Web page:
Fashion is a social marker. People can understand someone by looking at the fashion they wear. You can also derive what kind of personality an individual has by looking at the way they dress and the colours they wear.
Prasad Bidapa, a well-known Indian fashion consultant and stylist, believes that many messages come through fashion designs “Therefore, fashion becomes extremely important as a sociological tool because it gives you a marker of which nation you are from.”
Bidapa was recently in Qatar on the invitation of the Embassy of India to attend a special event at VCUarts Qatar to highlight the importance of Khadi, a fabric popularised by Gandhi whose 150th birth anniversary was marked on October 2. Community interviewed him about Khadi and contemporary fashion.
Bidapa, who has been in the Indian fashion industry for about four decades, is also very interested in education. He has travelled around the world to attend different fashion shows.
“About five years ago, I became very interested in Khadi. It is a very emotional fabric for Indians and other South Asian nations. We call it the fabric of freedom. This is because of Mahatma Gandhi, who used it as a tool to strike against the colonial power.
“Khadi can further be defined as a hand spun and hand woven fabric. If there is any element of mechanisation in it, it is no longer Khadi. It is a fabric that is biodegradable and it is sustainable. Today, India produces a large amount of Khadi because the country still has handlooms and spinning the charkha is still a very heavy activity all over the country. Khadi is particularly suited for new born infants. We always tell people do not use synthetic fabrics for children.
“Further, Khadi is a kind of spiritual fabric. First of all, spinning of Khadi becomes a very concentrated and philosophical act. If your concentration breaks, the thread on the charkha will break. They say that you have to get into a state of absolute nirvana literally to be able to spin fine thread. Now, there is a big revival of this form. It can create further jobs and income opportunities for over 20 percent of India’s population. Khadi is now a fabric of luxury. We want it to become something more exclusive. When you are creating something with handcraft, you are creating something exclusive that can never be copied by anyone. That is our message for the young designers. We have to inspire them to feel that they can have some lasting values and they can contribute to this wonderful unbroken chain of 5,000 year history of the subcontinent textile.”
Bidapa says the fashion in the subcontinent has come a long way since its independence from the British Raj. “Women in combined India have always been very fashionable. Even with nothing they would creating something wonderful. Fashion always existed. But, it became a serious matter with certain fashion designers in 1960s. Then in 1970s and 80s things picked up momentum with new generation of designers.”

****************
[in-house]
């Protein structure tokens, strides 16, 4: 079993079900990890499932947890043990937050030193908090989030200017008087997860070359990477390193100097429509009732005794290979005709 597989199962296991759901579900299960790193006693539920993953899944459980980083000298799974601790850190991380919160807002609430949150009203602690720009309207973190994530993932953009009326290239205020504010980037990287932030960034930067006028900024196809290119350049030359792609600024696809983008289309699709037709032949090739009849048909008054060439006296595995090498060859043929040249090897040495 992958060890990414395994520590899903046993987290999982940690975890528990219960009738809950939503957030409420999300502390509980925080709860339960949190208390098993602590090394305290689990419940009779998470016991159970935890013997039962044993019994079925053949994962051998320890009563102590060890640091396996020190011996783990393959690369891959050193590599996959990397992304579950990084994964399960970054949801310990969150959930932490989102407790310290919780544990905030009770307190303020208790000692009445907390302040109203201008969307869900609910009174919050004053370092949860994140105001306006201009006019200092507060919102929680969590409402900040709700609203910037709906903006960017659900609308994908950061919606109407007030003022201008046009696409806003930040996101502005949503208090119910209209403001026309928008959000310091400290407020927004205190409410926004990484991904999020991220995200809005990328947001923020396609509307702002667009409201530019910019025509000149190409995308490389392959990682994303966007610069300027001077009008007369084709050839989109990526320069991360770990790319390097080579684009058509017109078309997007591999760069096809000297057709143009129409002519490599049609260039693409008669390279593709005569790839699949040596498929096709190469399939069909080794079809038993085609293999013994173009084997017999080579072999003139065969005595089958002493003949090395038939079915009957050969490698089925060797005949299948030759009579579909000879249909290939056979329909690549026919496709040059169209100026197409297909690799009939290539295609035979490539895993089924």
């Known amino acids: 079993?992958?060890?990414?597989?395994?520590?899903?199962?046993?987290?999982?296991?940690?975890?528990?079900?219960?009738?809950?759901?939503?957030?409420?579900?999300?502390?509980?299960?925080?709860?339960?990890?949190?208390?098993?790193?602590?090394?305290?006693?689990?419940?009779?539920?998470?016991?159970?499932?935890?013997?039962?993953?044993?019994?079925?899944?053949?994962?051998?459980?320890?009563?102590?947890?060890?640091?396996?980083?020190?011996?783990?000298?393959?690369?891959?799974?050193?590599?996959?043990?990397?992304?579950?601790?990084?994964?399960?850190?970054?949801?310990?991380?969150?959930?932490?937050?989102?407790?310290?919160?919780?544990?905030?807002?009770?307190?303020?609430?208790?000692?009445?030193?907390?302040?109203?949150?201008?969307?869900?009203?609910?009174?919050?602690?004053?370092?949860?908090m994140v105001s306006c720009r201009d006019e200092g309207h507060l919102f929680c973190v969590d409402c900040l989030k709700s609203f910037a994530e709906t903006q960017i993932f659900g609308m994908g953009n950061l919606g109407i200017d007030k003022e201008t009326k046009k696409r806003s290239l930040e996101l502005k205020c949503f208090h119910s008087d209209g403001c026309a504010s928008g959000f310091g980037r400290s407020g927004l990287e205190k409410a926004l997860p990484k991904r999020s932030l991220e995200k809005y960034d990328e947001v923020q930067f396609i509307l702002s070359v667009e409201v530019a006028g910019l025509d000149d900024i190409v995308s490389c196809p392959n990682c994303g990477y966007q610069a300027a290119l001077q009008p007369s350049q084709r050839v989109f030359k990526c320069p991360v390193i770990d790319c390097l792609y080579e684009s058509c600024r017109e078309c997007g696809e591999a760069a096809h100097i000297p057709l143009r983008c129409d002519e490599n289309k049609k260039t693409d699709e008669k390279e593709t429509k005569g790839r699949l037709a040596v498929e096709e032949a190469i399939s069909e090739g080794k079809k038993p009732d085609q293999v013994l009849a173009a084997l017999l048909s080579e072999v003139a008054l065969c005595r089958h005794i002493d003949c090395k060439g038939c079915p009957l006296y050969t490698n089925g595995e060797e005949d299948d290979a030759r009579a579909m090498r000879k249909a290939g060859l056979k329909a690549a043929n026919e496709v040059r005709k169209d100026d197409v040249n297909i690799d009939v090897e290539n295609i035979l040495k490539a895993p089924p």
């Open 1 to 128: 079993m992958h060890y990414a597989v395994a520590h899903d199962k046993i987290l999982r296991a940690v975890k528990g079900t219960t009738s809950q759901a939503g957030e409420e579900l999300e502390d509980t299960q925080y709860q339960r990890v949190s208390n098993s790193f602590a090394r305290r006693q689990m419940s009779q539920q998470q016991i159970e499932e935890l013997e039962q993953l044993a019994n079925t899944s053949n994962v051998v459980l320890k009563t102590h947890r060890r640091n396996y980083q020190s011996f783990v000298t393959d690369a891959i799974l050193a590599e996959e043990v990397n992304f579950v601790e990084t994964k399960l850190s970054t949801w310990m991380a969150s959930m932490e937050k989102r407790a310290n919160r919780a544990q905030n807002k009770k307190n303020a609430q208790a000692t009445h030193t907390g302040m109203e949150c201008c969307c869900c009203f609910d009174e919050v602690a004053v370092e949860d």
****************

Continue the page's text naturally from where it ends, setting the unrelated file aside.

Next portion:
The experienced designer believes the ethnic arts of the subcontinent will never be in danger.
“Sari is as popular as it used to be. In fact, women in the West have started wearing sari. We have to cater international markets. My message is to use fabrics of India and create a global product with it. That is the challenge for the new generation of designers.”
The designer does not see Bollywood really promoting fashion in India. “Bollywood does not really dictate the fashion. However, a star can wear a certain design and make the designer successful. But I do not think that Bollywood has created a certain kind of fashion trend. India is a big country and Bollywood is not followed in all of the country.”
Bidapa, who was in Qatar for the first time, was impressed with the country in many ways. “Qatar is fast becoming an education hub. I felt very welcomed and very much at home.
“Khadi is a perfect fabric for tropical and desert climate. Wearing Khadi, we feel very cool. It can help us in coping with fluctuations of the temperature. Khadi will help you preserve your body temperature.”
LEAVE A COMMENT Your email address will not be published. Required fields are marked*
“Choice of colours reflects the times (artists) live in” — Dr Sreekumar Padmanabhan, painter-physician
Made in China: Debonair sophistication wins the game
“Art is a universal language inspired by beauty” — Soumaya Akbib, fashion designer and art enthusiast
Designing way forward
Shop Qatar 2020: Waltzing it like it’s meant to be
“A creative piece gets complete when it serves the purpose of bringing different people together”
Expat Nigerian model to take part in Miss Global beauty pageant
Toast of the town: Carolina Herrera’s high fashion statements
Italian cuts and ethnic Pakistani works make stellar statement